Sebastopol, CA--With considerable help from Microsoft's broad and free distribution, Windows SharePoint Services are now gaining wider acceptance among large organizations as a way to control the flood of documents that people in corporate networks constantly generate, share, review, and revise. Although that's a step in the right direction, Jeff Webb, author of several books about Microsoft applications including Essential SharePoint (O'Reilly US $29.95), thinks the web service has enough potential to take it well beyond the enterprise.
"Even if you work alone from your home office as I do, SharePoint is too useful to pass up," he asserts. "SharePoint is for the Web what Excel was for spreadsheets. I believe it will become part of the way people work in the next two or three years. SharePoint is just one of those 'enabling technologies' that eventually becomes ubiquitous, like Word."
Available in a free download for those who own Windows Server 2003, SharePoint enables specific teams, groups, or departments within a company to create their own data-driven web sites, where they can collaborate on Office documents and keep track of all the versions and comments. Once their team web site is in place, members can upload drafts directly from Word, Excel, or PowerPoint. In Essential SharePoint, Webb explains how he used SharePoint to create the book. "O'Reilly could share access to the files I was working on, even though I live in Florida and they are in Massachusetts and California."
Webb points out that many companies prefer to handle document sharing by email, but he argues that emailing Word documents with change tracking enabled is not a viable way to collaborate on a complicated project. "What if your proposal isn't a Word document, but a set of drawings, or a spreadsheet of test results? How do you collect comments?" he asks rhetorically. "Or say a project has multiple authors and multiple files. It's pretty easy to throw a wrench into that machine."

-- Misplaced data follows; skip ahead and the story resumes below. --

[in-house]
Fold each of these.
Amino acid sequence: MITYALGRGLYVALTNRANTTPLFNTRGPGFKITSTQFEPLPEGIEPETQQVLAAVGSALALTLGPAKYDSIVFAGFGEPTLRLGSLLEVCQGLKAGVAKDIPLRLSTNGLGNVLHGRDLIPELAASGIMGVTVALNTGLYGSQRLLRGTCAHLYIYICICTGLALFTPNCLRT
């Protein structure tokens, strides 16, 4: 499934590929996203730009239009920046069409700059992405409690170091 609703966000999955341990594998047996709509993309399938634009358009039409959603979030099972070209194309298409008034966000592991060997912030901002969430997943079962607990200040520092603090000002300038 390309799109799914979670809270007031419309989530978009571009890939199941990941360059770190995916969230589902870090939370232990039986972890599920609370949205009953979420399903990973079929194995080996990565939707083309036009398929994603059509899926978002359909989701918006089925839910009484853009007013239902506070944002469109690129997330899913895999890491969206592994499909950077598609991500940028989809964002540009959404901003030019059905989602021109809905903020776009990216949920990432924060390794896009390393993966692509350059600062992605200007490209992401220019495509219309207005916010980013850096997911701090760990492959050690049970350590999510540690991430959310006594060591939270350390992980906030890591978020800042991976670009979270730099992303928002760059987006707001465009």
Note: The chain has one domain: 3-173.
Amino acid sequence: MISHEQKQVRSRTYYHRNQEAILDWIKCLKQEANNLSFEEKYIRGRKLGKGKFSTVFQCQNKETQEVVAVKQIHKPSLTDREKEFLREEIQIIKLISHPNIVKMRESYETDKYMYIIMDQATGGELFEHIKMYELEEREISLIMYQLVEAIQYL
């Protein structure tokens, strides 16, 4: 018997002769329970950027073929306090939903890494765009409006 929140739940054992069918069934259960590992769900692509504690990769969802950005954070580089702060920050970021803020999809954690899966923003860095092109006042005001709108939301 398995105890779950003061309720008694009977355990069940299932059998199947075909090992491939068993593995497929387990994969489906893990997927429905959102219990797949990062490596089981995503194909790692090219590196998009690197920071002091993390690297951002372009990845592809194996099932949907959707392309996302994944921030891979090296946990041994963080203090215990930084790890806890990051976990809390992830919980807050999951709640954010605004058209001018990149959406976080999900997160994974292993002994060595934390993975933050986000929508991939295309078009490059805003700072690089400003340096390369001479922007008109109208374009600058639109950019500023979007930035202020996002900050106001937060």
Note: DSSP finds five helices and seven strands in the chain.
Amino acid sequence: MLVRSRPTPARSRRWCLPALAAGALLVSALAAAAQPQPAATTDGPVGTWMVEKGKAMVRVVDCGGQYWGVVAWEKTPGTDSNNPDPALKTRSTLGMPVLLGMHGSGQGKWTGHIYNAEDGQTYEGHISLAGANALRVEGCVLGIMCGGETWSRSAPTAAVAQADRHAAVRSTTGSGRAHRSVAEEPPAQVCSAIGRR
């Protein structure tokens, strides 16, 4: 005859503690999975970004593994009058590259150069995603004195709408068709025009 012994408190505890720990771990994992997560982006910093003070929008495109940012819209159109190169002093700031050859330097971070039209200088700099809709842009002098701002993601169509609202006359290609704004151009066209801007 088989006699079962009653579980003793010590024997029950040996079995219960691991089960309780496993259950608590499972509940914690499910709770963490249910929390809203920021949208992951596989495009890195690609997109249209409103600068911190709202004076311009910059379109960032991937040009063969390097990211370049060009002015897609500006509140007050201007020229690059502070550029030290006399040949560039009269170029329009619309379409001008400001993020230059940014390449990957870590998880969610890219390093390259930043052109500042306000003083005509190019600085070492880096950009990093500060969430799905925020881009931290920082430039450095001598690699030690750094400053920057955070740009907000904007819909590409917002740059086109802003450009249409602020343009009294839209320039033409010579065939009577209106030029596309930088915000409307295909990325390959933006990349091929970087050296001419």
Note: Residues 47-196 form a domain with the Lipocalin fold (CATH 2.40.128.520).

Of course, even though SharePoint offers many advantages, the idea of adding another system may give business managers pause. "Many folks have wasted a lot of money using web tools that are too complicated or unreliable in the real world, so when I set up SharePoint for a new customer they are understandably cautious," Webb admits. "That changes to optimism, then excitement as they see how SharePoint's lists and document libraries help them work."
Because SharePoint can involve a wide range of people within an organization, Webb wrote Essential SharePoint with several audiences in mind, and recommends they read specific chapters according to their role in the company. After the book's broad introduction, early chapters address system administrators who install SharePoint and configure the web sites, and web designers charged with giving those sites a unique look and feel. Chapters in the back of the book are for programmers who employ SharePoint's sophisticated options, such as creating and programming "web parts."
The middle chapters are for the content contributors themselves, who are usually non-technical people proficient enough with Microsoft Office to upload documents and announcements to a SharePoint site so that other members of the project team can review them. Essential SharePoint teaches them how to share contacts and arrange in-person meetings with Outlook, share workspaces and lists with Excel, and use document libraries with Word. Why did Webb combine technical information and end-user guidelines in the same book?
"I wanted to provide a book that gives readers room to grow," Webb explains, "one that does more than reorganize information that is already available in Help files or on the Internet. Essential SharePoint is for people who need a full understanding of how to share their work through SharePoint." Webb has also written the SharePoint Office Pocket Guide (O'Reilly US $9.95), which provides a quick overview for project teams that need to get set up and running quickly. The pocket guide is scheduled for release in June.
Despite his enthusiasm for SharePoint, Webb advises companies and individuals sign up for a free 30-day trial through one of the SharePoint hosting providers before they install it on the server, just to see if this is really something they can work with. Those who don't own Windows Server 2003 can get sign up for the free trial and then pay a monthly fee to use SharePoint if they want to continue using it.
"If you don't have SharePoint Services, you need it," Webb insists. "It's difficult to keep track of all the documents even in a small office. The best part is that you can get at your work from anywhere in the world."
- Chapter 1, "Why Use SharePoint?"
- For more information about the book, including table of contents, index, author bio, and samples
- A cover graphic in JPEG format
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